It amplified Ken’s struggle having to choose accepting Cuifen’s offer of marriage of convenience and gaining permanent residency or leaving and abandoning his dreams. It was a good platform to show the battle between the rational and his tribal voice.
Question: Who do you think of as your audience? Would Pauline Hanson's supporters, for example, find your book something they would want to read?
Answer: This is adult fiction so it is suitable for adults from all cultures. Of course, there is no novel that attracts all readers as there is no food that attracts all consumers. Having said that even Pauline Hanson’s supporters might want to read so that they can have a better angle of attack against migrants and refugees. Ken’s Quest is a timeless piece of literature in that the questions people might ask themselves are universal. Their fear of displacement, fear of being taken over by strange new values.
Question: Did you want your book to be one about Melbourne especially, or could you have set it in any city in Australia?
Answer: It could be set anywhere in Australia but of course I’ve chosen Melbourne and suburbs, which I’m familiar with. I had taught in Footscray where Julia, Ken’s lover was a teacher. I could describe the settings very accurately, intimately. The smells, the noise, the drug deals came alive because I was there.
Ken lived in the northern suburbs where I live so again it was convenient for me to draw on the feelings, the pulse of the place. A reader from my neighbourhood asked me if I disliked Brunswick. I told her I wouldn’t stick around for thirty years if it was so. Again I have used Rose, the Beijing woman’s negative attitude towards her residence to highlight the differences in cultural expectations. Beijing and Shanghai’s dense population led to an active community lifestyle. Especially the Shanghainese’s fondness of dancing. To her the suburbs were dead and boring. There was nothing to do.
Question: The book was very rich in detail, especially on Chinese culture. I kept expecting you as the author to ‘promote’ or argue Ken's case but you actually presented Red's case as much. Was there a clear reason why you did that?
Answer: I’m very aware of the words ‘Fair Go.’ To promote both sides of the case is an attribute I’ve learnt since my migration. Truly my intention was to show situations and let readers investigate. If I were to promote only Ken I would have failed in what I set out to do.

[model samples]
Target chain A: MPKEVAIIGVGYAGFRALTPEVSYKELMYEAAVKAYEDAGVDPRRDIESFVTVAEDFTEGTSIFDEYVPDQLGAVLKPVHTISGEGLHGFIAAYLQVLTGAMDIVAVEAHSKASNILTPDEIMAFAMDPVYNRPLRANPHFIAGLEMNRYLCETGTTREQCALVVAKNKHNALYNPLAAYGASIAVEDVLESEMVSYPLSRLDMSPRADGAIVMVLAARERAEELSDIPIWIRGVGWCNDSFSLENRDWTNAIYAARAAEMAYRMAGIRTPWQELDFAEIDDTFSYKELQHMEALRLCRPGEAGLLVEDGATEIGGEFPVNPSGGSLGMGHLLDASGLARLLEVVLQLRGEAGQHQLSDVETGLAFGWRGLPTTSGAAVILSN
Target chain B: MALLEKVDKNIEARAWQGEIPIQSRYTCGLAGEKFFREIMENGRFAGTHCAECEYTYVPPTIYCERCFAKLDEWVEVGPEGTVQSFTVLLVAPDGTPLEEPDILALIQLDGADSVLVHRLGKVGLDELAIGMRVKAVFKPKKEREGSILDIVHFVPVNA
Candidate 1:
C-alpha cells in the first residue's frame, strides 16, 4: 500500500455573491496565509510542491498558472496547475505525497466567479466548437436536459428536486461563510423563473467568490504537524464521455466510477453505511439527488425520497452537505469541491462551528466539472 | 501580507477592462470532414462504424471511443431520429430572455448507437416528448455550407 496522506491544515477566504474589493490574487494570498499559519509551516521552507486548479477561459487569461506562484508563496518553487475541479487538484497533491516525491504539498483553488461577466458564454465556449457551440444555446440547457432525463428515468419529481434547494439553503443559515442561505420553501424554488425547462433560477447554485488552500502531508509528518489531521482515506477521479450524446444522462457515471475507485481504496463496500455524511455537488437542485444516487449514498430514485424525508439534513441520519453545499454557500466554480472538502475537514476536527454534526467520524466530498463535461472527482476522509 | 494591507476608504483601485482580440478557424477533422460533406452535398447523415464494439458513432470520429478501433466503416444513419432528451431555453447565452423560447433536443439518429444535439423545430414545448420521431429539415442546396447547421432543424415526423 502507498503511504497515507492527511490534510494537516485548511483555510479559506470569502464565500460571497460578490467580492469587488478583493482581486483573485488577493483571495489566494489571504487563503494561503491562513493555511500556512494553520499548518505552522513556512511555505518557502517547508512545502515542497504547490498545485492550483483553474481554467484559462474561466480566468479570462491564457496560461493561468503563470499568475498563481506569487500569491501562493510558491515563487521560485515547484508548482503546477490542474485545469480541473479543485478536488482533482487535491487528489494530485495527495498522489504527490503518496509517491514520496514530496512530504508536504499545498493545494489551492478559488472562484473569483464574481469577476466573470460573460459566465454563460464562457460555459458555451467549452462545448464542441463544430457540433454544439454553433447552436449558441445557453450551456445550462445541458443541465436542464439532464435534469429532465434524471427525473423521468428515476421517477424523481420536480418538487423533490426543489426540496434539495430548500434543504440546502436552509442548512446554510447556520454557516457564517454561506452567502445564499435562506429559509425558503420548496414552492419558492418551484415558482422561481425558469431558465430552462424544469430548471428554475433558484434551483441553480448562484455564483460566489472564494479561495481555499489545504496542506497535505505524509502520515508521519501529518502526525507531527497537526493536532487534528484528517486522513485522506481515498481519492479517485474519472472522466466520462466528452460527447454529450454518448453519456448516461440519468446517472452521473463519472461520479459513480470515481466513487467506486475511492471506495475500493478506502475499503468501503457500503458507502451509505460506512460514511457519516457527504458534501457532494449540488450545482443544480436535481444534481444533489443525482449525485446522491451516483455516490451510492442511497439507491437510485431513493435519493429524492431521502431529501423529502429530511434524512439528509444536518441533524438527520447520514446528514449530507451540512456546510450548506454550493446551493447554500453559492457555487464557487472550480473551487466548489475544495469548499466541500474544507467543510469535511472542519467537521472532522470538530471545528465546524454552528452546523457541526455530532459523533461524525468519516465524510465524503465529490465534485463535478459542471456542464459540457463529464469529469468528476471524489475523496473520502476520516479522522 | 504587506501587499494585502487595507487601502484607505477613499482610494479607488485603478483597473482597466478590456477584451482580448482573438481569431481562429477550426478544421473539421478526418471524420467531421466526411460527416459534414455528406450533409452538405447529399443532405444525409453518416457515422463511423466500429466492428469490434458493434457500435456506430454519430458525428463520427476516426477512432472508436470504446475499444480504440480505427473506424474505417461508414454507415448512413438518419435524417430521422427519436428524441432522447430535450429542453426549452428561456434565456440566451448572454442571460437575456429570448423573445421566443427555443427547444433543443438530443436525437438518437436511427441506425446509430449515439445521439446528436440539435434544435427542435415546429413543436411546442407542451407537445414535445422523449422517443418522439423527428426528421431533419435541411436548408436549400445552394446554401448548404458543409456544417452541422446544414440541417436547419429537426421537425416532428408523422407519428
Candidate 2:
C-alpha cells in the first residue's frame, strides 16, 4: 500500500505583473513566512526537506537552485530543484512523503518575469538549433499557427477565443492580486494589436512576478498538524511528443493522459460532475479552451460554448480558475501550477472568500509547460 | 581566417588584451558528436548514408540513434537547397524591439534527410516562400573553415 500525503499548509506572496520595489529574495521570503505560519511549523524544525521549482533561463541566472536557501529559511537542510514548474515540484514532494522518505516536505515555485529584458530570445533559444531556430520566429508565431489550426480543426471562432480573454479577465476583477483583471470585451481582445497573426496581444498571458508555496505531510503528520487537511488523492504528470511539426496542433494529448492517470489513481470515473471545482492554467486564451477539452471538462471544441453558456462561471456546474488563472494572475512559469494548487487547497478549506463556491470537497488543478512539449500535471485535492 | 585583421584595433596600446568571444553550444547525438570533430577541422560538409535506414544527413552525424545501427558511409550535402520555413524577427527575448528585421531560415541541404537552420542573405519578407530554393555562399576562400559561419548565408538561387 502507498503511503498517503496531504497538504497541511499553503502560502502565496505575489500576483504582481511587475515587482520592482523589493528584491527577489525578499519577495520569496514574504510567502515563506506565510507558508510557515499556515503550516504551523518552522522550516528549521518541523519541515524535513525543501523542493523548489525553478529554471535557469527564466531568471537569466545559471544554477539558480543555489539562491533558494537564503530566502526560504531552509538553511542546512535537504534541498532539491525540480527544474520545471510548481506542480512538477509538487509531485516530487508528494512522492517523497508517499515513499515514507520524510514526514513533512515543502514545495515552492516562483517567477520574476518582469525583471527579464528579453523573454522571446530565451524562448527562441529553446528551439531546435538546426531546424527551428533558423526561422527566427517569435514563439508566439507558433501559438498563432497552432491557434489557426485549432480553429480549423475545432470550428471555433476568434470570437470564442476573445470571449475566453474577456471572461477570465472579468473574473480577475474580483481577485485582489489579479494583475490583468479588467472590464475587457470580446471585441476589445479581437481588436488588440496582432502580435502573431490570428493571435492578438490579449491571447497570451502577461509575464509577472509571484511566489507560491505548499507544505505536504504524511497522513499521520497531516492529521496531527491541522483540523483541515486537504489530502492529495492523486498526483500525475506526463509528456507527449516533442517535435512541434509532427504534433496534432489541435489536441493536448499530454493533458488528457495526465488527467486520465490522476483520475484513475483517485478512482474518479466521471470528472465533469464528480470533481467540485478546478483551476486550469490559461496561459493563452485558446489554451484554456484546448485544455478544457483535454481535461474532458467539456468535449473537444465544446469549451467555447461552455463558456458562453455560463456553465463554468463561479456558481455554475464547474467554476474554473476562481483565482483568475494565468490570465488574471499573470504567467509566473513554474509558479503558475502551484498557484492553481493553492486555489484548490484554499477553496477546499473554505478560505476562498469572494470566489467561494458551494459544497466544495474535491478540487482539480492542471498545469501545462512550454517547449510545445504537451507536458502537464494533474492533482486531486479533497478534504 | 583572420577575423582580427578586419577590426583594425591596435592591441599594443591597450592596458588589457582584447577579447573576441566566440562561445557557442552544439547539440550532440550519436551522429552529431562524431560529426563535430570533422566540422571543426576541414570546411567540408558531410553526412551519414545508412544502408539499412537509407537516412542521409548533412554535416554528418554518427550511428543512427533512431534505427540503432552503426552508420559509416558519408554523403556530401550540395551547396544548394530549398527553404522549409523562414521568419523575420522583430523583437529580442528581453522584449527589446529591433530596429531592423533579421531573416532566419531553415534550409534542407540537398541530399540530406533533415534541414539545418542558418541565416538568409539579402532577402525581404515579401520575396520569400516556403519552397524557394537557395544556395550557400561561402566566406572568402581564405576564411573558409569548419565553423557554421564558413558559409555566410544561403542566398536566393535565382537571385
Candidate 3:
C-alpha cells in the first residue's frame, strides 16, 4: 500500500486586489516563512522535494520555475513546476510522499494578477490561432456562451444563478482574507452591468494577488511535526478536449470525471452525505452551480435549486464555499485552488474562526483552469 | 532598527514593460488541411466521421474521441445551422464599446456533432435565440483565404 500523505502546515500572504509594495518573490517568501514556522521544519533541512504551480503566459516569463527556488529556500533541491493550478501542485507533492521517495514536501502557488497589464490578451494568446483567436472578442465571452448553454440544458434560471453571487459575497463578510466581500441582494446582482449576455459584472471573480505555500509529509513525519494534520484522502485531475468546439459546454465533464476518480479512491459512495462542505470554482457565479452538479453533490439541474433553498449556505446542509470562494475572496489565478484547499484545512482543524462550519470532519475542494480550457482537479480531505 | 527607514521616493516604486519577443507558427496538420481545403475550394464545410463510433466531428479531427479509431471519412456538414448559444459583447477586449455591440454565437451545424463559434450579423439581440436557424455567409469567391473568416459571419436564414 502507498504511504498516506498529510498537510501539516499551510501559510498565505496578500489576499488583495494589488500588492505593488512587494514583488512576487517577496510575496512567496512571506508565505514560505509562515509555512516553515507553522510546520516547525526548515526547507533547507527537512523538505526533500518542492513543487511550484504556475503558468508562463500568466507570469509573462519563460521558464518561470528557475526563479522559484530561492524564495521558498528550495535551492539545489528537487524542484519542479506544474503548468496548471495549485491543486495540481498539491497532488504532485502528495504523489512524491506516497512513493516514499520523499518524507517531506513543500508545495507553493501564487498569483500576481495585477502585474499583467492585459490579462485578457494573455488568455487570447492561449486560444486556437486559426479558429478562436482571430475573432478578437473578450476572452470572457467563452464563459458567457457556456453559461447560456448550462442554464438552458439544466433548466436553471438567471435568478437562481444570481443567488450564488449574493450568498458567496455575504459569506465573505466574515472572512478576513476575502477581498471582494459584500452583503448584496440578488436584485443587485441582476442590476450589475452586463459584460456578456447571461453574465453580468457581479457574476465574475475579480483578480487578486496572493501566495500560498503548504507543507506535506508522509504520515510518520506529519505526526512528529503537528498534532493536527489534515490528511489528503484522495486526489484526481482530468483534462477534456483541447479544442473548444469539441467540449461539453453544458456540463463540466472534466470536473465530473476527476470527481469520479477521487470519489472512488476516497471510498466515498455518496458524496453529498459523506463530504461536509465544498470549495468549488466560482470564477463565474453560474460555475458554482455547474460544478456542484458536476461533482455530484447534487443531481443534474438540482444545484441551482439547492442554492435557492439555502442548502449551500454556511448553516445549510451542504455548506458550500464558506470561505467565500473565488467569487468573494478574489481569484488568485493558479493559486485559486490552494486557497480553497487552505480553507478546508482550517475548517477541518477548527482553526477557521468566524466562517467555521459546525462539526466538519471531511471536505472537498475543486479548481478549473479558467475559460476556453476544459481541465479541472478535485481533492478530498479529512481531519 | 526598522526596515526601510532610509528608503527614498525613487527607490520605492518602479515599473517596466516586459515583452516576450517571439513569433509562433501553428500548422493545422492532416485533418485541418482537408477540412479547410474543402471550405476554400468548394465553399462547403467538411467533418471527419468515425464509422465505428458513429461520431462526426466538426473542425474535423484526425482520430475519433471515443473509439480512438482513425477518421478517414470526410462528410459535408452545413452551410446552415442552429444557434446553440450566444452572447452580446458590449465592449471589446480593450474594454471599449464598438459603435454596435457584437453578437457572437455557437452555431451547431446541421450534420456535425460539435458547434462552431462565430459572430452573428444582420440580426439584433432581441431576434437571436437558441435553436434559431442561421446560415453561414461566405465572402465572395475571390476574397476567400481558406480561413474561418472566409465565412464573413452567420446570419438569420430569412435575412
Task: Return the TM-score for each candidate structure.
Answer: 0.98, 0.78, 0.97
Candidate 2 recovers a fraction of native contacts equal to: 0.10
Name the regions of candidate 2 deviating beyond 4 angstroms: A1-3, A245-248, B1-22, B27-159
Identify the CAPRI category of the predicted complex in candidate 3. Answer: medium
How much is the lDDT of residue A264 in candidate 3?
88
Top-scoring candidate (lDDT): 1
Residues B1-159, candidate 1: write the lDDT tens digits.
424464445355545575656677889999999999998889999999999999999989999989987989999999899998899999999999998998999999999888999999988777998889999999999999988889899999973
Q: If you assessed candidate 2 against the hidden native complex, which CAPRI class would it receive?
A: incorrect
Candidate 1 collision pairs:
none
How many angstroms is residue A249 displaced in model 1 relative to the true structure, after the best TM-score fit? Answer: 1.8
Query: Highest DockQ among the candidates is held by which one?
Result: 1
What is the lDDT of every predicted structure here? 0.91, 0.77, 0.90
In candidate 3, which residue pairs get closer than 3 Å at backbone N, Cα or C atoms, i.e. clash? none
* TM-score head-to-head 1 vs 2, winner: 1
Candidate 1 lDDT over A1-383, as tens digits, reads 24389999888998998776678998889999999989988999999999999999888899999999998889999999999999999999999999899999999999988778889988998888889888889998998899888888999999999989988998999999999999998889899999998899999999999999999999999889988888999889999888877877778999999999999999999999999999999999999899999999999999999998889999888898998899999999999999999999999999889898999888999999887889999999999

Primarily I was concerned about the subliminal racism that was ticking under our skin. I’m very aware of the undercurrents flowing behind unspoken words. The body speaks loud and clear. That’s if you’re trained to hear it. I’ve operated on Ken’s mind, revealed his racist thoughts, his presumptions about Aussies. But I’ve also shown his struggles, his journey as he allowed himself to listen to Red, to see issues with fresh eyes.
Red’s avalanche of racist remarks, his fears of displacement by migrants, his verbal abuse of them was real. So was his fragmented family background, his nomadic existence moving from place with place with his drug addict mother and ever changing step-fathers.
So the two characters were made to work together. As life is mysterious, Ken saving Red’s dog helped to kick start the friendship. Ken saving Red from drug dealers sealed it.
Question: What kind of research did you need to do for this book, and how did you go about doing it?
Answer: For matters on transgender issues I’ve consulted Sally Goldner, executive director of Transgender Victoria, and Katherine Cummings of the Gender Centre.
For matter on Immigration I’ve consulted the staff from the Department of Immigration and Border Protection.
For issues on underemployment I was confronted by students in my ESL classes many of whom were professionals not working in their profession.
I was born in Singapore, married to an Australian, a Caucasian. I’ve lived here for over forty years, studied in high school, at university of Monash and University of Melbourne, taught in high schools and TAFE colleges so I’m immersed in both cultures.
Question: Was there anything that you edited out of this book?
Answer: The ending was changed. In the earlier version I did not make a thorough check on marriage rules, which prohibited the marriage of transgender. The present ending was much more robust.
There were several rewrites on the emergence of Cuifen as you imagine it was difficult for a person who had disappeared for ten years to reappear. It was very delicate balance as to what amount and what type of information I might want to provide to move the story forward.